For me, it’s part of the creative process.

People often ask me where I get my original art ideas. Well, I’m not sure that they’re entirely “original,” but they are fresh and new, if only to me.

Where the Ideas Come From

Here’s a typical sequence: I start looking at social media & websites to see what other artists are currently working on.

That’s curiosity. I’m not looking for ideas to copy… just “ooh, isn’t that cool!” inspiration.

It might be a color combination that surprises me. Or a way of mixing textures, like gold leaf and sandpaper or bubble wrap.

When an art idea occurs, I note it in my art journal. I try to include everything that inspired me, with detailed comments explaining what and why it sparked an idea.

If all I do is note the website URL or a page in a book… well, a week or two later, I might have no idea why I thought that webpage or artwork was so inspiring. Carpe diem! 

For example, I once viewed a website called The Starving Artist’s Way, which included a project using second-hand woolen sweaters that had been washed and dried to shrink them in a “felted” style.

I didn’t think much more about that – not on a conscious level, anyway – but later in the day, after a nap, I woke up thinking about what else I could do with that kind of wool.

Another Art Journaling Page – Felt Ideas

While the thoughts were still fresh in my mind–and evolving–I jotted them down in my art journal. These are my two pages of notes:

Ideas for a felted jacket - art journaling

In a nutshell, I was thinking about the kinds of wearable art that I could make with felted-style wool.

(Geek note: It’s not actually “felted” wool when you wash & dry woven/knitted/etc. wool to shrink it. It’s called “fulled” wool. Felting is when you use the raw fibers and a tool to tangle and/or compact them.)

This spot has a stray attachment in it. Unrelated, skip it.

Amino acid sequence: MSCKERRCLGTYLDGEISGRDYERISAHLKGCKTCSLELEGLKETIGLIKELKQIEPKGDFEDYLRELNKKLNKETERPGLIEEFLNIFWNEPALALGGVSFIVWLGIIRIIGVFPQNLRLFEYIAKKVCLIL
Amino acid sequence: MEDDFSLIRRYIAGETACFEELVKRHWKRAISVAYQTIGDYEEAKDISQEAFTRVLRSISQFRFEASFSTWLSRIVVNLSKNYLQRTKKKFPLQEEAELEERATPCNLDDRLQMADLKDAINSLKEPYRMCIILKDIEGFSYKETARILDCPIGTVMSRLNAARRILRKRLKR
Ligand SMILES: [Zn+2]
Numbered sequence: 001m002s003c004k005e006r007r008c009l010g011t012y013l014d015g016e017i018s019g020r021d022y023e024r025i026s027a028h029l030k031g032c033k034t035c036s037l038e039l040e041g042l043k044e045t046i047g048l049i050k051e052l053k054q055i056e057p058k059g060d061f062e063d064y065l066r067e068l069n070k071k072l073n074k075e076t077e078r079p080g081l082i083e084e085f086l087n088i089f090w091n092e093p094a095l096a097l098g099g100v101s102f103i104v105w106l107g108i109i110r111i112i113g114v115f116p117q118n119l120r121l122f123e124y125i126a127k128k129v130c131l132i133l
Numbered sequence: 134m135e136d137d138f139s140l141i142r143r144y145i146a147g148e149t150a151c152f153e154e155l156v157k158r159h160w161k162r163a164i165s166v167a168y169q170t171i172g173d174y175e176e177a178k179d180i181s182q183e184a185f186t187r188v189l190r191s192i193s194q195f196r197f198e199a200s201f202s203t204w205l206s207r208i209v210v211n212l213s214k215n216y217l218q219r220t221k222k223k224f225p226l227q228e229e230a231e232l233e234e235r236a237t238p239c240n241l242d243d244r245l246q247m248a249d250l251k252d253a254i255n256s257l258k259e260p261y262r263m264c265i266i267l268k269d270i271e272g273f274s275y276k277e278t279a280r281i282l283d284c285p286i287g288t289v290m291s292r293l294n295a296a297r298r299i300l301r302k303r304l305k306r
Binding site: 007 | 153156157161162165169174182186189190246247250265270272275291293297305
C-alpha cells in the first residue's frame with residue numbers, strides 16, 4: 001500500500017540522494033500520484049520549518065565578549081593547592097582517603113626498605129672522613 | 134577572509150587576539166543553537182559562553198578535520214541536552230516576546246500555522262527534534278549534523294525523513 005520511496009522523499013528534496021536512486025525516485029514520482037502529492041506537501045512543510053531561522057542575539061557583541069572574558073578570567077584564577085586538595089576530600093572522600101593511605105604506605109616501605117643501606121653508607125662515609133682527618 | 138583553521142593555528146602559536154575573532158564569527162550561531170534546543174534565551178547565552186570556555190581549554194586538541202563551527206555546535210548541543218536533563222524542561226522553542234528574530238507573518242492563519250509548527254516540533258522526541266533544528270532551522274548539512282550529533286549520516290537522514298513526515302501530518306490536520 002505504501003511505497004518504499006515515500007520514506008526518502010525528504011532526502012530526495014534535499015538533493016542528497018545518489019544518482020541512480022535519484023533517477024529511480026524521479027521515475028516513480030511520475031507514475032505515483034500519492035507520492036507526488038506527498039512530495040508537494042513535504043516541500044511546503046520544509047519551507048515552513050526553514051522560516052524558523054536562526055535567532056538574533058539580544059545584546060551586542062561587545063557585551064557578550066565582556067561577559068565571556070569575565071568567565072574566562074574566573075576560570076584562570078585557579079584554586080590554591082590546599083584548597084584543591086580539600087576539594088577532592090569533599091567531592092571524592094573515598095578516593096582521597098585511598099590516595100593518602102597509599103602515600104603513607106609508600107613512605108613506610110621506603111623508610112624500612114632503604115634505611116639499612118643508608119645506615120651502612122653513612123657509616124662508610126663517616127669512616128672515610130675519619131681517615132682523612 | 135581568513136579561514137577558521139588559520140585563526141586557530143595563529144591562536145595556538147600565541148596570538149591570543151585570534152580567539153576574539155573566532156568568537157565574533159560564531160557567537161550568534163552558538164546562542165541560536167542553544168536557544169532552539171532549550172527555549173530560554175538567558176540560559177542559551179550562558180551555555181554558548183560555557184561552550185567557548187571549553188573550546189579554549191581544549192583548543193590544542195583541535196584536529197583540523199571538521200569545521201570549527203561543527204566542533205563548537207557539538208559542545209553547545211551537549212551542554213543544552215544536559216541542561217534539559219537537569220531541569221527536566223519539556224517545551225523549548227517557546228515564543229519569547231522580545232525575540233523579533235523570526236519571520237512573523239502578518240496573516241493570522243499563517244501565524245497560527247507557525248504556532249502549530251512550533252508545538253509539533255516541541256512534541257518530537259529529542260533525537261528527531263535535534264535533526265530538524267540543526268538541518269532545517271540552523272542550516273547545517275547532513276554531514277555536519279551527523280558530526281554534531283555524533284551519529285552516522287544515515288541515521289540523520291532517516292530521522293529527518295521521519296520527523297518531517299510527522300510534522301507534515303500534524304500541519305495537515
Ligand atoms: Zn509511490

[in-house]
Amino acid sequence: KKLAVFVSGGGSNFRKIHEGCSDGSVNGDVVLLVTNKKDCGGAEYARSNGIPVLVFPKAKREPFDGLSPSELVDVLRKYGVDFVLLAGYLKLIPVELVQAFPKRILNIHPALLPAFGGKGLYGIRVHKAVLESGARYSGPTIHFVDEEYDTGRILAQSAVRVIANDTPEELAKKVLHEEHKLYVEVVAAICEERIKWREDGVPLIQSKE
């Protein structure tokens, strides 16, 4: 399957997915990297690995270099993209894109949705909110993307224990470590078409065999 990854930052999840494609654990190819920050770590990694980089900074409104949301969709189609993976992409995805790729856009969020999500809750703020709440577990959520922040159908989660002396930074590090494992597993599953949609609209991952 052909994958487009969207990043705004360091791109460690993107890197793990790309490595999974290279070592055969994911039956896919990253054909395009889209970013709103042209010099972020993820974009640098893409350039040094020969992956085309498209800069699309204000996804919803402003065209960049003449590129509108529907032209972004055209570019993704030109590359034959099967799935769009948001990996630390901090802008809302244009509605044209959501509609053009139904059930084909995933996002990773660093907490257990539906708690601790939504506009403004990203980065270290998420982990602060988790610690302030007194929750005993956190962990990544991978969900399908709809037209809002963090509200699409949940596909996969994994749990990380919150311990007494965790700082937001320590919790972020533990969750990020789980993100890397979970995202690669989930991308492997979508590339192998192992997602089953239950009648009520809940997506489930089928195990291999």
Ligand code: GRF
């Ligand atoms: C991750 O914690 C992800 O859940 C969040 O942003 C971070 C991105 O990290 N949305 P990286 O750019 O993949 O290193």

This merged with the Mondrian art that I was reminded of when I was playing a weird (really juvenile humor) online game, Kingdom of Loathing.

And, once I started jotting down these ideas, I remembered when I used to make stained glass windows. Those patterns would adapt nicely to this kind of wool treatment, too.

I’m not sure that I’ll ever actually do anything with this idea. I get a bazillion of these ideas, steadily.

What Do You Do With All the Ideas?

If you’re like most artists, you’ll never have enough hours in the day to follow-through with all your creative ideas.

That’s okay.

Sometimes, your journal is where you record the creative spark. A week, a month, or ten  years later, you may go back to that page and the idea develops new depth.

And then it becomes a finished work of art. Or at least a creative exercise, to stretch your sense of style, materials, or techniques.

No creative impulse or idea is ever wasted. Sooner or later, they all contribute to your art, your life, or both. You may not see this in a direct, connect-the-dots way. But, looking back, you might. (I believe it’s there, whether it’s obvious or not.)

Why I Often Share My Art & Journaling Ideas

Back in 2004, I scanned the pages from my some of my art ideas journals,and put them into a (printed & mailed) art zine.

At the time, a few people thought that was a crazy thing to do. Why would I share something so unique to me and my work…?

(Well, hey, I was one of the first people with a blog, back in an era when it seemed utterly mad to write about your personal life, online. So, sharing my thoughts with the world is a long-time  tradition. It feels natural to me. So I still do it.)

For me, that zine documented where my ideas came from. It demonstrated my creative process, from the spark that started it, to the visual ingredients that transformed it, and then the materials & techniques that completed it.

Second – and more importantly – I like sharing ideas so that someone else might be inspired by them and adapt the concepts (or copy it line-for-line, which is fine) to his or her own art.

It’s a myth that lots of artists shamelessly copy each other. We don’t. We just see the same kinds of images in our everyday lives – on TV, online, in new books, in the changing seasons, etc. – and they can spark similar art projects.

So, I hope this article explains why some people call it “art journaling,” and others use the term “artists’ journals.”  Sometimes they’re the same thing. Sometimes, they describe slightly different kinds of journals.

You can call your artsy journals either one, or both, or make up your own phrase. It’s your art. It’s your expression.

Creativity matters more than the words!